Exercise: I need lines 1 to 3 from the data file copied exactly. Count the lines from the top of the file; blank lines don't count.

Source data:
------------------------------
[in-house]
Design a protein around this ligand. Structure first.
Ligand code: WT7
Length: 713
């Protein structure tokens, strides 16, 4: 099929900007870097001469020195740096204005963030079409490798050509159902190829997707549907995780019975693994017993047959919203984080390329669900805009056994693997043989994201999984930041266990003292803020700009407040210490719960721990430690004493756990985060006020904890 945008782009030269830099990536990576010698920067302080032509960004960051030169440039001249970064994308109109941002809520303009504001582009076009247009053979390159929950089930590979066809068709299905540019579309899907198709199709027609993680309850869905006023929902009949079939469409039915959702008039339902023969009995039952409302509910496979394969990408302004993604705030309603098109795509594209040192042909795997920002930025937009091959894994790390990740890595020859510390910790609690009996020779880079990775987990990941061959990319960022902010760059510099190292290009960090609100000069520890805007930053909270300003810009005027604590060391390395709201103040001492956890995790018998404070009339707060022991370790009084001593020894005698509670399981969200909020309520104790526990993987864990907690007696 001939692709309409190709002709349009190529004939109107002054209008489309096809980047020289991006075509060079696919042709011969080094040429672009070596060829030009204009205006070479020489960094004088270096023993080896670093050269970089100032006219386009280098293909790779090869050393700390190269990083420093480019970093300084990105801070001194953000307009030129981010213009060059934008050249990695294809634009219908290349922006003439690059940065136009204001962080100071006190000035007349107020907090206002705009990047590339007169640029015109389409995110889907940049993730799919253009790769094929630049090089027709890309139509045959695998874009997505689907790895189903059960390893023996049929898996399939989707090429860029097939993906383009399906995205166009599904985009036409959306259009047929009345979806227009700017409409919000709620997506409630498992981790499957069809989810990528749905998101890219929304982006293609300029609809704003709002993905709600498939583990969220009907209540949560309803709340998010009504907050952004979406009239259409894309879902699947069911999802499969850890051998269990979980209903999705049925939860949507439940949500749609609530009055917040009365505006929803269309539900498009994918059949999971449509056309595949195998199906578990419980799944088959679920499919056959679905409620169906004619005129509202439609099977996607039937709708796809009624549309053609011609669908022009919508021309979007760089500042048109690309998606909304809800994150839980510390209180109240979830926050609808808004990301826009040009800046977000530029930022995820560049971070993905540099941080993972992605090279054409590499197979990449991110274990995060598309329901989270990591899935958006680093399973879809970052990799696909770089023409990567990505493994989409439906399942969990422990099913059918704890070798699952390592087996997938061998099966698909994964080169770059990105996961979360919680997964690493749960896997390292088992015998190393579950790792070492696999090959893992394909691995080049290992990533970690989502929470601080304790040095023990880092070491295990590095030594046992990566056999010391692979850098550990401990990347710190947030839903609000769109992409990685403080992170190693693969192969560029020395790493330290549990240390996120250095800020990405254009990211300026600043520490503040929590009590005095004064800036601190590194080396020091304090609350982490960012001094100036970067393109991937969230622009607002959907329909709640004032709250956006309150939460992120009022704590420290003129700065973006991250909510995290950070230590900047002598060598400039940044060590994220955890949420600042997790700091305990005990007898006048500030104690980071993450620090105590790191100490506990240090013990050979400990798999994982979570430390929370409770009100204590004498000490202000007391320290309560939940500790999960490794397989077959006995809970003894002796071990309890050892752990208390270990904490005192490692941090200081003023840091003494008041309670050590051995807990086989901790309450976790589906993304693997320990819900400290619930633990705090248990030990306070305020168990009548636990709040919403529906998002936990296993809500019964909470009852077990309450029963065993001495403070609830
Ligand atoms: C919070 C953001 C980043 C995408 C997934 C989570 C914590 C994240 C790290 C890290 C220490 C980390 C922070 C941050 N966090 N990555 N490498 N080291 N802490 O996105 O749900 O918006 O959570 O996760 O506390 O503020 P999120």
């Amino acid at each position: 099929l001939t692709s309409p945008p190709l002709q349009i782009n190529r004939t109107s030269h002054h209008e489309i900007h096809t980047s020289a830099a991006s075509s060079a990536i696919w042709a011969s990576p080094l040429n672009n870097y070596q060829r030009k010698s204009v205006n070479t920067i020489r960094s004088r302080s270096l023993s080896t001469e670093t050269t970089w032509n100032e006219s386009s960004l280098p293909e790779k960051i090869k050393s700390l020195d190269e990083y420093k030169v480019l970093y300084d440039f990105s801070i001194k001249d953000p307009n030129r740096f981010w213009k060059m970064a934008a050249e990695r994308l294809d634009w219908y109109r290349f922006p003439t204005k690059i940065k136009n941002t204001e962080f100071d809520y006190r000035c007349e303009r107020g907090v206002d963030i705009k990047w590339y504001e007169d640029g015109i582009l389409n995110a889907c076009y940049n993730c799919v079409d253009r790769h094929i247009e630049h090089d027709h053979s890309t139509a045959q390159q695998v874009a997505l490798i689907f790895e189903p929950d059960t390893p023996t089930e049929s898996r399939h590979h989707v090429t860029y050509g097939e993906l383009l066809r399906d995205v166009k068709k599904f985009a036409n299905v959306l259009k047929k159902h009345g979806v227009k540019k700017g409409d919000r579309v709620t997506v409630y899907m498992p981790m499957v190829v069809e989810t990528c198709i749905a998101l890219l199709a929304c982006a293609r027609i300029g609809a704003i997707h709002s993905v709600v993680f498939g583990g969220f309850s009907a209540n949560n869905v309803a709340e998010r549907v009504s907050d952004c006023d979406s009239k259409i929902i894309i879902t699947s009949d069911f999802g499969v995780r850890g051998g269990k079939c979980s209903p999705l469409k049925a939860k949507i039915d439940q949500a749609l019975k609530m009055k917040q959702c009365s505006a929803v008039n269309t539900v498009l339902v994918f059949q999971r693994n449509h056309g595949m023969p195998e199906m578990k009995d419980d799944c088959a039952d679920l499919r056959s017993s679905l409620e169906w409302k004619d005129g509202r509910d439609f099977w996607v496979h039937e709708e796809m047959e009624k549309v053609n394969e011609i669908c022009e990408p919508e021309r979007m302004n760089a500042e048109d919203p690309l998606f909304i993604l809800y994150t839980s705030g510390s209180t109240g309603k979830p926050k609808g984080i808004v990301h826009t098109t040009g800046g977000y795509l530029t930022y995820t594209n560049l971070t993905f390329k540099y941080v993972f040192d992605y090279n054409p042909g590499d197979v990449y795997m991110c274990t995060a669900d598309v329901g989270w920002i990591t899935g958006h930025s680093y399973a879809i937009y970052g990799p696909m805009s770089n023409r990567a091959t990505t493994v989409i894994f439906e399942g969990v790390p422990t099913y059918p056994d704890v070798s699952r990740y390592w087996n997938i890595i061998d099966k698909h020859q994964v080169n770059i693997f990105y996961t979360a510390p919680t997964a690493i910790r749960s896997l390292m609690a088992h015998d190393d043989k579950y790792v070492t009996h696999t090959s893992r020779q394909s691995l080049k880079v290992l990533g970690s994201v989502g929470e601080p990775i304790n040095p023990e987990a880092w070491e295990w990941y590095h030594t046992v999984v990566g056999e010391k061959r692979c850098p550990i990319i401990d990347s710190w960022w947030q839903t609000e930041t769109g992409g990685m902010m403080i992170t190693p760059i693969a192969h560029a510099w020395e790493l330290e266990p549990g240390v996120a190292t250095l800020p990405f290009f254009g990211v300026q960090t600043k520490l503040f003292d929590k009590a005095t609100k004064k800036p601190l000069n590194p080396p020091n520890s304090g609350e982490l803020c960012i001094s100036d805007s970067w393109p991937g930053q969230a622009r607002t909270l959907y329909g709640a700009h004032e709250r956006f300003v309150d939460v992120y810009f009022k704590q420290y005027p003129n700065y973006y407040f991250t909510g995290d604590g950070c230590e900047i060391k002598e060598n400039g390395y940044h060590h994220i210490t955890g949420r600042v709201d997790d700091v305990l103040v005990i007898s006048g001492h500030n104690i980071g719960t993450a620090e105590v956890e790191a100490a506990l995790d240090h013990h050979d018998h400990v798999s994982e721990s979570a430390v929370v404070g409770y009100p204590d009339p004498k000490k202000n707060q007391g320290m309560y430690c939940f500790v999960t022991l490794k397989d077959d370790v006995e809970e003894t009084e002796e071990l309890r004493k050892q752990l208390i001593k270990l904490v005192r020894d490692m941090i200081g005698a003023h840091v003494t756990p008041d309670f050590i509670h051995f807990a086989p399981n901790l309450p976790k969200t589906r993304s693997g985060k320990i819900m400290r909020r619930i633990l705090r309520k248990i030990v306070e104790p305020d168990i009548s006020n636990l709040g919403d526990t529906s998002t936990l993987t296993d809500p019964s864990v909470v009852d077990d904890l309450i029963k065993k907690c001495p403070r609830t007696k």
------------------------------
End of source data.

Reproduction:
[in-house]
Design a protein around this ligand. Structure first.
Ligand code: WT7